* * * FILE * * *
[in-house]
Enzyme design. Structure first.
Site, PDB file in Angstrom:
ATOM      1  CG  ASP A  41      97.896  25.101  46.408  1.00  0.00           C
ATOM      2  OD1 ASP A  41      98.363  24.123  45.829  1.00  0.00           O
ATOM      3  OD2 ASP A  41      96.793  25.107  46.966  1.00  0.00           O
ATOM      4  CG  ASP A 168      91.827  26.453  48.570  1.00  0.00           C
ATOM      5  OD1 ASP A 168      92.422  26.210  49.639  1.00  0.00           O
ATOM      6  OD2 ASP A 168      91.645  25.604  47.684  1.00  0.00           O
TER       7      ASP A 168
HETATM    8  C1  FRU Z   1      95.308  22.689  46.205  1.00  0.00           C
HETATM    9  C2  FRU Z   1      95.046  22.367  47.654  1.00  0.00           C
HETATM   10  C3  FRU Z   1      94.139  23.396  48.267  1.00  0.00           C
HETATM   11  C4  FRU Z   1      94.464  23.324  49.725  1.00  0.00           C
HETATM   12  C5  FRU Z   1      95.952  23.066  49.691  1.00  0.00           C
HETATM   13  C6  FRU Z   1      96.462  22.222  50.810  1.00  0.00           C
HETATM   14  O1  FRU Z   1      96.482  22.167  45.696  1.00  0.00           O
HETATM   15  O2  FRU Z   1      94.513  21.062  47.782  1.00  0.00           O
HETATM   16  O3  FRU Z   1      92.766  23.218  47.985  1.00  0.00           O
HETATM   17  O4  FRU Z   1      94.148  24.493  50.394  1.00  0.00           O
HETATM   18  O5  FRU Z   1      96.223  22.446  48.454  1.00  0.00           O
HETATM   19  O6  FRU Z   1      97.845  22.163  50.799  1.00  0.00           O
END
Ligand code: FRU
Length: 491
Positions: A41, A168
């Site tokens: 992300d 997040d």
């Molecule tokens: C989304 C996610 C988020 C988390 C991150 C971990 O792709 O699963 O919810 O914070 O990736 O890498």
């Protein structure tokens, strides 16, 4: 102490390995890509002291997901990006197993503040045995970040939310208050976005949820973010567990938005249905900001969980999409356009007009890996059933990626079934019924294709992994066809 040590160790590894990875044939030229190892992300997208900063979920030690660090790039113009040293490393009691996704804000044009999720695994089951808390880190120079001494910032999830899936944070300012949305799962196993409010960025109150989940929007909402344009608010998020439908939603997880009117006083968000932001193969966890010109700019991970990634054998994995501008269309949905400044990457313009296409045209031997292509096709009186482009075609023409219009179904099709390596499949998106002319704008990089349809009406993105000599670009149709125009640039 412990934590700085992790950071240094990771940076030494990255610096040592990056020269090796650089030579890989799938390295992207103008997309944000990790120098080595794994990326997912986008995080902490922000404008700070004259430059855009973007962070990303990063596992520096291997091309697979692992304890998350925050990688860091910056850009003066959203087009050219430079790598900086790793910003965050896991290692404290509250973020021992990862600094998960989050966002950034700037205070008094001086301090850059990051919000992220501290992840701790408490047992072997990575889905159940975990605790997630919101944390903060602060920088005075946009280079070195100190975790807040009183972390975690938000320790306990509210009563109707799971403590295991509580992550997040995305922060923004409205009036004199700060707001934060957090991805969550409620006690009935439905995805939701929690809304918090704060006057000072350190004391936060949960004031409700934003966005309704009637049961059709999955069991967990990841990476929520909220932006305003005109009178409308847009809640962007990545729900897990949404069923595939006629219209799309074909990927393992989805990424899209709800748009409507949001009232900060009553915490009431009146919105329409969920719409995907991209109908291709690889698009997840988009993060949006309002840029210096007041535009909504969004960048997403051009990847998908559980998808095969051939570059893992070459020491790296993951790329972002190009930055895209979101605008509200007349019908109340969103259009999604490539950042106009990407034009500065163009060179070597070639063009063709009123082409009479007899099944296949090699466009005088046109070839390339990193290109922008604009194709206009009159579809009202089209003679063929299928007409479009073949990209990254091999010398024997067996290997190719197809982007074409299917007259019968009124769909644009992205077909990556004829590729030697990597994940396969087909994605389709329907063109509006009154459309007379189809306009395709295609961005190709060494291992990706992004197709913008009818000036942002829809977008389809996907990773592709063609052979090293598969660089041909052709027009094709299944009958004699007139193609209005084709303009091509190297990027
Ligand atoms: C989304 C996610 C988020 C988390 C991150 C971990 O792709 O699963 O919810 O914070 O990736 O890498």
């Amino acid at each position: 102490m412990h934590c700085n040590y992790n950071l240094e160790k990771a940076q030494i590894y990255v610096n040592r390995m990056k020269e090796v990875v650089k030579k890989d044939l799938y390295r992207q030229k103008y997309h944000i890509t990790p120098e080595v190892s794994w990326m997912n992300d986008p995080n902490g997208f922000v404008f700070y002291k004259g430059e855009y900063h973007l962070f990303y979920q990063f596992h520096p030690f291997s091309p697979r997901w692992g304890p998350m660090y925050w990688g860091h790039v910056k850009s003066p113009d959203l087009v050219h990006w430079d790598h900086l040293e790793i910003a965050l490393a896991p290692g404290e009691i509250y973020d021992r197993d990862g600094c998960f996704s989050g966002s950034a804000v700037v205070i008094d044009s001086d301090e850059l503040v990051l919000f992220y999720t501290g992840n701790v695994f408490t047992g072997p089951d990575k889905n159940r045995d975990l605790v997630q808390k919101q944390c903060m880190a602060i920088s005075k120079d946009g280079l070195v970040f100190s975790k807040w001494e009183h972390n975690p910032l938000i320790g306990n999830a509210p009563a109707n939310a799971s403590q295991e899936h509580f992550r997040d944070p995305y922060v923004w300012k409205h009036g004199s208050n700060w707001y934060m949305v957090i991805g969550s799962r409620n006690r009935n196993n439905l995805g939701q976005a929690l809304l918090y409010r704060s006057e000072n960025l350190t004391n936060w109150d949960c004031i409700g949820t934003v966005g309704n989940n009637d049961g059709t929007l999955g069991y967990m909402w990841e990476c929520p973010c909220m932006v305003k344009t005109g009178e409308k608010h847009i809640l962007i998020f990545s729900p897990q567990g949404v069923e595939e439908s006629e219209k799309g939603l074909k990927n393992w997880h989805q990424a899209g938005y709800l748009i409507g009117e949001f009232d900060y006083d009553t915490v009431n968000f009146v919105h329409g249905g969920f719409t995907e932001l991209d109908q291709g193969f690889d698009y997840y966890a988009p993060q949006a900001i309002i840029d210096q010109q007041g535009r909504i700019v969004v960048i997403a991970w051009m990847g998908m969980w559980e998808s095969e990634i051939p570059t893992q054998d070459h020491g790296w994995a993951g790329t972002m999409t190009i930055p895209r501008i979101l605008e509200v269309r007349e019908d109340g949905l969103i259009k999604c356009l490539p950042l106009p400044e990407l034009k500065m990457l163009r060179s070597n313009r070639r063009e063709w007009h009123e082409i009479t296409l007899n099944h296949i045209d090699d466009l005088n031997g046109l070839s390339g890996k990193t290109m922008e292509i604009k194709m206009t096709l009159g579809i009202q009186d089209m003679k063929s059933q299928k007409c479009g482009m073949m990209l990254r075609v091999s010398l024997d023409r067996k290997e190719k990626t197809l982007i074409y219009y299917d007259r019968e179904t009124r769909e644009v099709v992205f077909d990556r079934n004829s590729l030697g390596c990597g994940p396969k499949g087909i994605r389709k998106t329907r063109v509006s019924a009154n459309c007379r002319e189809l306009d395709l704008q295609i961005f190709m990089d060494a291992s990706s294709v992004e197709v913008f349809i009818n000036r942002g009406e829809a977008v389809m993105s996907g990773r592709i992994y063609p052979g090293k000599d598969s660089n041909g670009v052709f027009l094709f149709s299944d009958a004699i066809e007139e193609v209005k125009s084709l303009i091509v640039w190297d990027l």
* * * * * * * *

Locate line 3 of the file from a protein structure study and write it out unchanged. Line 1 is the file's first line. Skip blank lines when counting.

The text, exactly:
Site, PDB file in Angstrom: